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The Reality of Wrongful Death and Medical Negligence in Prisons

Lawyer looking over Medical Negligence page with client

When prisoners are denied access to proper medical care, it can lead to devastating outcomes. Wrongful deaths in prison are often a consequence of untreated medical conditions, lack of timely intervention, or inadequate healthcare infrastructure. Every life lost is a tragedy, and every individual deserves the right to receive necessary medical attention, regardless of their circumstances.

The failure to provide adequate medical care in prison may constitute negligence or deliberate indifference, violating the rights of the incarcerated individuals. Legal actions can be pursued against those responsible for these oversights, including prison staff, healthcare providers, and even governmental entities.

Inmates face unique challenges when it comes to accessing medical care. Limited resources, overcrowded facilities, and bureaucratic hurdles can hinder the timely provision of healthcare services. In some cases, prisoners may be hesitant to report medical issues due to fear of retaliation, adding another layer of complexity to the problem.

Inmate Medical Care Statistics

People in prisons and jails face a disproportionate likelihood of grappling with chronic health problems such as diabetes, high blood pressure, HIV, substance use, and mental health issues. Despite these challenges, the quality of correctional healthcare tends to be subpar, and access remains a significant hurdle.

The US Bureau of Justice Statistics shared that an estimated 44% of state inmates and 39% of federal inmates reported a current medical problem other than a cold or virus. Almost 87% of the 65,027 state prisoners and 89% of the 7,125 federal prisoners who died in custody from 2001 to 2019 died of illness. Among inmates who reported a medical problem, 70% of state and 76% of federal inmates reported seeing a medical professional because of the problem.

It’s important to recognize that rates of undiagnosed conditions and disease among incarcerated people may be higher due to inadequate screening before and during prison. In addition, people in prison are burdened by having to request medical appointments through correctional staff, and having to pay unaffordable fees (“co-pays”) for care.

Between 2020-2021, Florida had 539 inmate deaths according to the Florida Department of Corrections, with 474 attributed to natural causes, sometimes masking potential medical negligence.

While natural deaths may absolve prison facilities from responsibility, unnatural deaths, including those due to medical malpractice or violence, may be actionable. The prison administration, medical contractors, or correctional officers may be held accountable for deaths caused by homicide or accidents, given their responsibility for inmate well-being . In cases of medical-related negligence, seeking wrongful death damages from healthcare providers becomes a potential avenue for justice.

What is a Wrongful Death Claim?

A wrongful death claim is a legal action pursued when an individual's death is caused by the negligence, wrongful act, or misconduct of another party. In the context of prisons, medical negligence leading to a wrongful death involves situations where inadequate or improper healthcare directly contributes to the loss of life. Such claims aim to hold responsible parties accountable and seek compensation for the surviving family members.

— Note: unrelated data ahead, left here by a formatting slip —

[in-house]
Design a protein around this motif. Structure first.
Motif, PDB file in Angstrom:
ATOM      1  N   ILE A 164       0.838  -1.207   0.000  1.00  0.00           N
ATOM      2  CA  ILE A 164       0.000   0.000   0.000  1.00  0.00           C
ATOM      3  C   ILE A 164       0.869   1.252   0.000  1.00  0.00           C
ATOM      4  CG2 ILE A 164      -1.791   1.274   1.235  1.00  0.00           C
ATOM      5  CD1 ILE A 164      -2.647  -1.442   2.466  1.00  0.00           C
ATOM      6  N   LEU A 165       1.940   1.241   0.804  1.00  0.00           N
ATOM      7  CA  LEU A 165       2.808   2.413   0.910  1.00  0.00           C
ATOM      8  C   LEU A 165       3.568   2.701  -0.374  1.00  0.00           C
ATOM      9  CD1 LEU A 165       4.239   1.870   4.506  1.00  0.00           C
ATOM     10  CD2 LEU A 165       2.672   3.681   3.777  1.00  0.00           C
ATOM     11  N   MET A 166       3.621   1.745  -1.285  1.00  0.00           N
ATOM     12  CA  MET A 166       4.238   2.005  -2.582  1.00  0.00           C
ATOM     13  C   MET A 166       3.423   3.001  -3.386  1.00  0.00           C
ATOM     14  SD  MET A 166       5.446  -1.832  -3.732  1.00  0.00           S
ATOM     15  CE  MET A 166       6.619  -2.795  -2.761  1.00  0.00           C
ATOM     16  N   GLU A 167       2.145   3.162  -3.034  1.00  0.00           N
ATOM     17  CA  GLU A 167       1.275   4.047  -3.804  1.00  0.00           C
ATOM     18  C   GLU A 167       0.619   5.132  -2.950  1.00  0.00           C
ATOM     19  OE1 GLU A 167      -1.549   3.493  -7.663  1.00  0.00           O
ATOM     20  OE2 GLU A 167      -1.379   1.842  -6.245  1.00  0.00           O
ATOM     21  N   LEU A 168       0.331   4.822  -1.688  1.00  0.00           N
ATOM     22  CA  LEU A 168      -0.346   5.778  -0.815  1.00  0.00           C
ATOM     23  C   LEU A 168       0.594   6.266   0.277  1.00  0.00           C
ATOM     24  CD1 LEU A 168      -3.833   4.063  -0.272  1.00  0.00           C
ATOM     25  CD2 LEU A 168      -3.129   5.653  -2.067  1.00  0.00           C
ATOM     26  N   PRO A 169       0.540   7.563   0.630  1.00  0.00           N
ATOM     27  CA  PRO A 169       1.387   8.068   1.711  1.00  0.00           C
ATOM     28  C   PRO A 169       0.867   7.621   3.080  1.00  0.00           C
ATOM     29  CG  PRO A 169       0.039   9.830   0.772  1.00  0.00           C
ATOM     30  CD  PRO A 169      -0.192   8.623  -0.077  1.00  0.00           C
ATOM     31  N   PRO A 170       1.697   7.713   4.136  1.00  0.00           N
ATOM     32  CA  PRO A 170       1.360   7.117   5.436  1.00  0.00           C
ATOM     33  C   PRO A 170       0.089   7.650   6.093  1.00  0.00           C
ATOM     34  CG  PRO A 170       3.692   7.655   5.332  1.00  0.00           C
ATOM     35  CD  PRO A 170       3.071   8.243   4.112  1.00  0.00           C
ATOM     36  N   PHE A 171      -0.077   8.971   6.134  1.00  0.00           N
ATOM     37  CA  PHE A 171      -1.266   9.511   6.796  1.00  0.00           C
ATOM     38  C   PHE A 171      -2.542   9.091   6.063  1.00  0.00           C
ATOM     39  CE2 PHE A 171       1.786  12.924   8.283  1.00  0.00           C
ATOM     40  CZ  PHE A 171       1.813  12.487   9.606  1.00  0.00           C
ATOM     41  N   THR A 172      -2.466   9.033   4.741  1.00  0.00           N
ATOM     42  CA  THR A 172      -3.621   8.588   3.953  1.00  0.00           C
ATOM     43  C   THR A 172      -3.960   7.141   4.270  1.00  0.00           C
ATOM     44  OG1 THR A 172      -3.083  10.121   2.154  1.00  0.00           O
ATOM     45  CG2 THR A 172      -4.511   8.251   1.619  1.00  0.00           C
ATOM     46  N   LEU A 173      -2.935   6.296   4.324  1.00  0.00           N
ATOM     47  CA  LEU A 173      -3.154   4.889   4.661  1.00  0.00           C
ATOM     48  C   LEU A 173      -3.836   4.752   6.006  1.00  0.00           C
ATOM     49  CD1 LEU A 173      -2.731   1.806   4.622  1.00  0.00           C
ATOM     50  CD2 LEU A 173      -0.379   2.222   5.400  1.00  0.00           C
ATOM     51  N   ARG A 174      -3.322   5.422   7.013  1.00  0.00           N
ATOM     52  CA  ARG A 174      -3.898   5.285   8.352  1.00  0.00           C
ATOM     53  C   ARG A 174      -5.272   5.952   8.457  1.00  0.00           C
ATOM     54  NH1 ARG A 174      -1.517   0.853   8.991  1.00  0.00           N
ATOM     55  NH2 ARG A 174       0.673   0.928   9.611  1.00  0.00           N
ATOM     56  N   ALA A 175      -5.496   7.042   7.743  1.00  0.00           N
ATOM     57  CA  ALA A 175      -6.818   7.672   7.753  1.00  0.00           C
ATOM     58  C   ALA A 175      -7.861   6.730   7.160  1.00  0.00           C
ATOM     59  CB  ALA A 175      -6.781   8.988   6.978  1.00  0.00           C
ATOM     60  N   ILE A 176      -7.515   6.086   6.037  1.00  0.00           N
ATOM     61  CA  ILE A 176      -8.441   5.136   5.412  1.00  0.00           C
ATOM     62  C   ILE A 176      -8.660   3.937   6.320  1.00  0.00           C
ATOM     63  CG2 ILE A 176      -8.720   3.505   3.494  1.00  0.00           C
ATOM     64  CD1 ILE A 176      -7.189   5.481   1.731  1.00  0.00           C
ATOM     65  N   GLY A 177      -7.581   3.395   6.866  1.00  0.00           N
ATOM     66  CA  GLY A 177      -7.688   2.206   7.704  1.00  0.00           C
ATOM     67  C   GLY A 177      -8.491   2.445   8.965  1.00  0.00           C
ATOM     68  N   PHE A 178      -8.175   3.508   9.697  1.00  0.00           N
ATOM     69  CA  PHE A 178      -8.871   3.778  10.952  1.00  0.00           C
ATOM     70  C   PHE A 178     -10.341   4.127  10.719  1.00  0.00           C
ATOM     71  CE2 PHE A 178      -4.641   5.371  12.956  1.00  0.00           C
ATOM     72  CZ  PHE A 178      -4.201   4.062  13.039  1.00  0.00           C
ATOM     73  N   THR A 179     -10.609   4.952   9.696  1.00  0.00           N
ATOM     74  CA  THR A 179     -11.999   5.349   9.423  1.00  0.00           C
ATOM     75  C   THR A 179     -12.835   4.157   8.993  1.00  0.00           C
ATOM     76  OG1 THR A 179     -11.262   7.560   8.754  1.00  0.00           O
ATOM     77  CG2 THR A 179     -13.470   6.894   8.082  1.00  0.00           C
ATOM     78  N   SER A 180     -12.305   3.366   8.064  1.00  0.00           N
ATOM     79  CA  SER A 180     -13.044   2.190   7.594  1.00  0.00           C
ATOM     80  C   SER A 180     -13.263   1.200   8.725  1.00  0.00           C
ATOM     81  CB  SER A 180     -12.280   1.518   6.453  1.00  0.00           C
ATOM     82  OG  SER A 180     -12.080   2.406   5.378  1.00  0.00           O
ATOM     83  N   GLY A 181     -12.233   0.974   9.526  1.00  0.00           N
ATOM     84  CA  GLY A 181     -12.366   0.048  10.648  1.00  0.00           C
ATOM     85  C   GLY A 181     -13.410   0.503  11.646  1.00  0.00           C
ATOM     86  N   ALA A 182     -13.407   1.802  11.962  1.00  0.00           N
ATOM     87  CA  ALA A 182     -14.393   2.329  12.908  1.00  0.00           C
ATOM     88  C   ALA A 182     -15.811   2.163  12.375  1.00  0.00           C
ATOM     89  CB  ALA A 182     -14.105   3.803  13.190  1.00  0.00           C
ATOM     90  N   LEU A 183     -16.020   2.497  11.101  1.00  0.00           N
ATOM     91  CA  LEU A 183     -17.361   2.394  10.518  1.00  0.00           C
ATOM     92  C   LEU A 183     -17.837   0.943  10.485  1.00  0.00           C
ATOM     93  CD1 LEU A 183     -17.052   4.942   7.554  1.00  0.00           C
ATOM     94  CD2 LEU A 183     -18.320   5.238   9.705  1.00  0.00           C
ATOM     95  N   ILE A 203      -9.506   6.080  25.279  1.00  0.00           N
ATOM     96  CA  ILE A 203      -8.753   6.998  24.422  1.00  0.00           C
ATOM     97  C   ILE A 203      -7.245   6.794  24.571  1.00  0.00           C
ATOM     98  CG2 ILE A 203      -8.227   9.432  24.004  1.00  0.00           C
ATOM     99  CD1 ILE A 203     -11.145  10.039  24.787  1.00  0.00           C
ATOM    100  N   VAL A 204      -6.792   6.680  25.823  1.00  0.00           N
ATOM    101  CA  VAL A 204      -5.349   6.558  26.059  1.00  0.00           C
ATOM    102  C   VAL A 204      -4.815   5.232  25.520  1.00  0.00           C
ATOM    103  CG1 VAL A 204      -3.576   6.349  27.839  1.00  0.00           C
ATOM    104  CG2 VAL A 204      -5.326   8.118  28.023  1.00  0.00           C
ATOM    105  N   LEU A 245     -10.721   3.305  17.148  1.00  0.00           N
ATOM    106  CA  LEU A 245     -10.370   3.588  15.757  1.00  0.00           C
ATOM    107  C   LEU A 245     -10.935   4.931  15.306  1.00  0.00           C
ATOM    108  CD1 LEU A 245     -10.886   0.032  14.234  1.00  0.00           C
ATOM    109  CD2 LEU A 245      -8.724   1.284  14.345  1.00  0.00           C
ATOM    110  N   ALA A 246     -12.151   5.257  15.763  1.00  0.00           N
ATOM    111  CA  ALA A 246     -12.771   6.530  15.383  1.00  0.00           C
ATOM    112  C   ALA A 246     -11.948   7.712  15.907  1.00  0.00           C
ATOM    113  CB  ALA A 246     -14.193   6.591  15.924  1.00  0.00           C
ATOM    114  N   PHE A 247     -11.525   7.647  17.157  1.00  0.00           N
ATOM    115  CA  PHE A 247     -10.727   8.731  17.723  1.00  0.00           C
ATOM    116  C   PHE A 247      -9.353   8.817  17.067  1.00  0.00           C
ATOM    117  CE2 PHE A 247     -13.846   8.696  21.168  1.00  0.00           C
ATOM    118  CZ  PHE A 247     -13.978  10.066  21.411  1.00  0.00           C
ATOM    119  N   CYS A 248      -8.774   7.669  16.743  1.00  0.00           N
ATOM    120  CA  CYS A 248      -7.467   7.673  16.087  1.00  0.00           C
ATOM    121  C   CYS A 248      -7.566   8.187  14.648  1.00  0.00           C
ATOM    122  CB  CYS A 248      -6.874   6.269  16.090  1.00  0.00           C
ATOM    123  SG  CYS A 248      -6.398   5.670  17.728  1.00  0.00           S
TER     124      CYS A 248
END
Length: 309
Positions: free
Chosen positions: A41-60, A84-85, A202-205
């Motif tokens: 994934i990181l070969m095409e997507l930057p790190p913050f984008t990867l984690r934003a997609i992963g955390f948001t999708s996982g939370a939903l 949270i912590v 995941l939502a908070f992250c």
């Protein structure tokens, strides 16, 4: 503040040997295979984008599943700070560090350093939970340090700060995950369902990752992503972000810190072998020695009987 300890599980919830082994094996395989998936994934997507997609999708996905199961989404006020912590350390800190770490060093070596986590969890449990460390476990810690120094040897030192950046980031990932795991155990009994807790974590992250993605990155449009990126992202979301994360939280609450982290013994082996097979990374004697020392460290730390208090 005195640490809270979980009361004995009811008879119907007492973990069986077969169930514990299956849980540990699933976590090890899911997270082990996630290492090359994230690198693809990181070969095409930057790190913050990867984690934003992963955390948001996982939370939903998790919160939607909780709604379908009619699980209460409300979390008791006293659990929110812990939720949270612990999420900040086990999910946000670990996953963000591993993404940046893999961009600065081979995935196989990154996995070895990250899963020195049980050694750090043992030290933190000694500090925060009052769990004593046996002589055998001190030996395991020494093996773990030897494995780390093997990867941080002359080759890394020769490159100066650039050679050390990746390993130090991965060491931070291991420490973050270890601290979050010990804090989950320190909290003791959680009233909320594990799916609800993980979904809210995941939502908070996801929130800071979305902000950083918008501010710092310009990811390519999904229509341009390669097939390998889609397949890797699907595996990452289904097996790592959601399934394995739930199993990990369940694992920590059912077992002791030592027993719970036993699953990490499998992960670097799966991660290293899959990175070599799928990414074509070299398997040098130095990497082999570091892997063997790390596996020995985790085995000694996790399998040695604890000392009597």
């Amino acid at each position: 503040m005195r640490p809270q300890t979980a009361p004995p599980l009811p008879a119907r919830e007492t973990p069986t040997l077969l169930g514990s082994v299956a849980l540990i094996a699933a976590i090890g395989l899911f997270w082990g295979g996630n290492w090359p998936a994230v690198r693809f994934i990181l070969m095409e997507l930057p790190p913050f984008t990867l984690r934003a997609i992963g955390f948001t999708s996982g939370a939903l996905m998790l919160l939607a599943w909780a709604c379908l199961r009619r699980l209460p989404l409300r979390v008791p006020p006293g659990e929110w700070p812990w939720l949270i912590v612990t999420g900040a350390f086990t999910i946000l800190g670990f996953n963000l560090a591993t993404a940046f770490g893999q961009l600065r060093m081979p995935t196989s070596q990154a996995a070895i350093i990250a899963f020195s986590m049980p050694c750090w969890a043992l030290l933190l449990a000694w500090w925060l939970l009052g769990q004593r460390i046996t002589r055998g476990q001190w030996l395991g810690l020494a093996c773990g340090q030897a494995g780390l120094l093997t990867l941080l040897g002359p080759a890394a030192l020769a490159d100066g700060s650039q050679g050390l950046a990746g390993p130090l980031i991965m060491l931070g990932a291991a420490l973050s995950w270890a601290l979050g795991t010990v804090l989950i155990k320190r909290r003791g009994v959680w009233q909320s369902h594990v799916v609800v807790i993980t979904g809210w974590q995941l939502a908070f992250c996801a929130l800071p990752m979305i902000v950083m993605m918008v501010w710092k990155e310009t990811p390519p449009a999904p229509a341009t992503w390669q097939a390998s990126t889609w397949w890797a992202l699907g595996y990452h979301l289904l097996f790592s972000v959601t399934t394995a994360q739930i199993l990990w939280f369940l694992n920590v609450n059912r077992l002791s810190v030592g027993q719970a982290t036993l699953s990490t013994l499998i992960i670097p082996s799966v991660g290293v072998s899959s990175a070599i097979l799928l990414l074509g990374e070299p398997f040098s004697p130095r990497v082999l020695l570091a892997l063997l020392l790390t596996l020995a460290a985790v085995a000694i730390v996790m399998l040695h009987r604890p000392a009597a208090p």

Eligible survivors typically include immediate family members, such as spouses, children, or parents. However, eligibility criteria may vary by jurisdiction, and it's essential to consult with an attorney who specializes in wrongful death cases within the prison system.

Process of Filing a Wrongful Death Claim After Medical Negligence in Prison

  • Consultation with Legal Counsel: Begin the process by seeking a consultation with an attorney experienced in wrongful death and medical negligence cases. An experienced lawyer can assess the merits of the case, advise on jurisdiction-specific requirements, and guide you through the legal complexities.

  • Investigation and Gathering Evidence: Building a strong case involves collecting evidence of medical negligence. This may include medical records, witness testimonies, expert opinions, and any relevant documentation that supports the claim.

  • Notifying the Responsible Parties: In many cases, the prison administration, healthcare providers, or other entities may be held responsible for medical negligence leading to wrongful death. Notification of the intent to file a claim is a necessary step in initiating the legal process.

  • Filing the Wrongful Death Claim: With the guidance of an attorney, the formal filing of the wrongful death claim is the next step. This involves submitting the necessary documentation to the appropriate court, specifying the details of the case and the damages sought.

  • Negotiation or Litigation: Following the filing, parties involved may engage in negotiation to reach a settlement. If an agreement cannot be reached, the case may proceed to litigation, where a court will evaluate the evidence and determine the outcome.

The Fight Against Medical Negligence and Deliberate Indifference to Inmates’ Rights in Florida Prisons

We should all advocate for the proper and humane treatment of inmates to prevent more lost lives due to medical negligence in Florida prisons.

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